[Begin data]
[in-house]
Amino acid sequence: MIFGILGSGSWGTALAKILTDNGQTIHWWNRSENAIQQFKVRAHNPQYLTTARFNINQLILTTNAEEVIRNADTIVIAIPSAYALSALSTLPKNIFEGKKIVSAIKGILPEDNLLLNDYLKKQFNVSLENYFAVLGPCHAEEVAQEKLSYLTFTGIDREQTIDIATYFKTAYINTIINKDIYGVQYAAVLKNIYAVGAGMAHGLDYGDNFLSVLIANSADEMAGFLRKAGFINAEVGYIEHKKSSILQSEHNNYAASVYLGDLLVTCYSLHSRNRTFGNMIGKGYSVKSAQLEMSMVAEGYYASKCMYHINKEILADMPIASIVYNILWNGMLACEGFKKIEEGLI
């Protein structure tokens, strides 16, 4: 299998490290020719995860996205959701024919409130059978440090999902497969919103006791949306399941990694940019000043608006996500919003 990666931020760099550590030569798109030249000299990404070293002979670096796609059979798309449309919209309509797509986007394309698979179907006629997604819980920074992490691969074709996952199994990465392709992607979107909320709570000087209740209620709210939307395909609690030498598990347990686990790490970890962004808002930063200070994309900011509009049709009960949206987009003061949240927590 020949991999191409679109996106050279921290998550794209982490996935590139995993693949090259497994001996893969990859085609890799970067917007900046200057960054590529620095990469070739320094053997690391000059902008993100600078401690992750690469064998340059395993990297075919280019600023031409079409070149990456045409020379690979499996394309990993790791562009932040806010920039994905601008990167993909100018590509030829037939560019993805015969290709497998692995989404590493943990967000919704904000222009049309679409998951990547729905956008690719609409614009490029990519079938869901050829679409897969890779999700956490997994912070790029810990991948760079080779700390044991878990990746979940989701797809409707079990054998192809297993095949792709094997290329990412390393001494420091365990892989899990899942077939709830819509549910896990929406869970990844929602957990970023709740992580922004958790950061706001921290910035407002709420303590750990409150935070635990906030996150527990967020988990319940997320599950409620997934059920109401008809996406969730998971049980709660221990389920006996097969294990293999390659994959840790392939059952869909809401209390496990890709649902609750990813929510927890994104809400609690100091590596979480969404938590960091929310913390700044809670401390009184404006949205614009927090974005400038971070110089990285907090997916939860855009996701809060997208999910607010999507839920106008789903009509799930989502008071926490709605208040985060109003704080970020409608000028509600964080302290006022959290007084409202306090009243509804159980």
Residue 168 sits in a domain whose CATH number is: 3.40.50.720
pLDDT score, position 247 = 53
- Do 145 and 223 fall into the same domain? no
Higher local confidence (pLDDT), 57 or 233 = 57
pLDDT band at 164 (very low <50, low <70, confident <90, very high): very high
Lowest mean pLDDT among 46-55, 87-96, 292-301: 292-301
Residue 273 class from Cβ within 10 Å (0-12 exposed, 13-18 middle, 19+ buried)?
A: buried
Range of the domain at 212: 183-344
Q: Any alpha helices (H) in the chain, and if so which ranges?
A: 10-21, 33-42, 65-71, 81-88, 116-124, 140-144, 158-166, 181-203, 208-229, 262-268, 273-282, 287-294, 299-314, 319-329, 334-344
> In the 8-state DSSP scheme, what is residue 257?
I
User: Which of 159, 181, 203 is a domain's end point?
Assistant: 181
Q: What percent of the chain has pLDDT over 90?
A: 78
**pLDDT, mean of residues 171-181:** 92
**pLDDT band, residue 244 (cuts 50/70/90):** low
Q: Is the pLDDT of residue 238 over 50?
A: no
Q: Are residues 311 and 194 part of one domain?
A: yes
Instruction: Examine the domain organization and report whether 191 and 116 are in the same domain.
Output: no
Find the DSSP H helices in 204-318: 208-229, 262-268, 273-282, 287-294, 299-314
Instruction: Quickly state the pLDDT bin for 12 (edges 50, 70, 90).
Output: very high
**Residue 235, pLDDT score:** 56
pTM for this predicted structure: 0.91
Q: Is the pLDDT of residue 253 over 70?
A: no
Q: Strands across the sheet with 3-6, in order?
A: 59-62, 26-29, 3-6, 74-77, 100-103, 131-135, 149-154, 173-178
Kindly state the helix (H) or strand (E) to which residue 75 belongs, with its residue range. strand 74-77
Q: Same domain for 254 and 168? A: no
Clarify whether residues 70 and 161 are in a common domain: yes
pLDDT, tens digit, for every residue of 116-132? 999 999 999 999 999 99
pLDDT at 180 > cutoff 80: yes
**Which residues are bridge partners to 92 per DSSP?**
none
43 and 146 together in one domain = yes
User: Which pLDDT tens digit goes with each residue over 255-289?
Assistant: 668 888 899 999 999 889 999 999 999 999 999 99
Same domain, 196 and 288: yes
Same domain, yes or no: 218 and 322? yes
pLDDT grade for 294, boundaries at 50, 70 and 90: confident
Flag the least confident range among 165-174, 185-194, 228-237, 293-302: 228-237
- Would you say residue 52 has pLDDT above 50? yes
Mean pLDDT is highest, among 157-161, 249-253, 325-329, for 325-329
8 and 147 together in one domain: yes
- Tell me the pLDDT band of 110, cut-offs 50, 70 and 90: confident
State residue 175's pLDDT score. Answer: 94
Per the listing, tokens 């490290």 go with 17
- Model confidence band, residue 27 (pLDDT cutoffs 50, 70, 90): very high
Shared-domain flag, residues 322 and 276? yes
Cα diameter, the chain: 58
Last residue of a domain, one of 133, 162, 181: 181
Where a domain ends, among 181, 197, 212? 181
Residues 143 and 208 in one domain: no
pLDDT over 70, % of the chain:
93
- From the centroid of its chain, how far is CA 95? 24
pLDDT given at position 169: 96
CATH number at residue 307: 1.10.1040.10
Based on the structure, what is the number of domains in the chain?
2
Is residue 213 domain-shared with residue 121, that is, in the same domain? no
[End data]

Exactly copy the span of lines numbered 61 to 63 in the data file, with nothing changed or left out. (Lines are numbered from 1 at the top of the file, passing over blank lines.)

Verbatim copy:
Last residue of a domain, one of 133, 162, 181: 181
Where a domain ends, among 181, 197, 212? 181
Residues 143 and 208 in one domain: no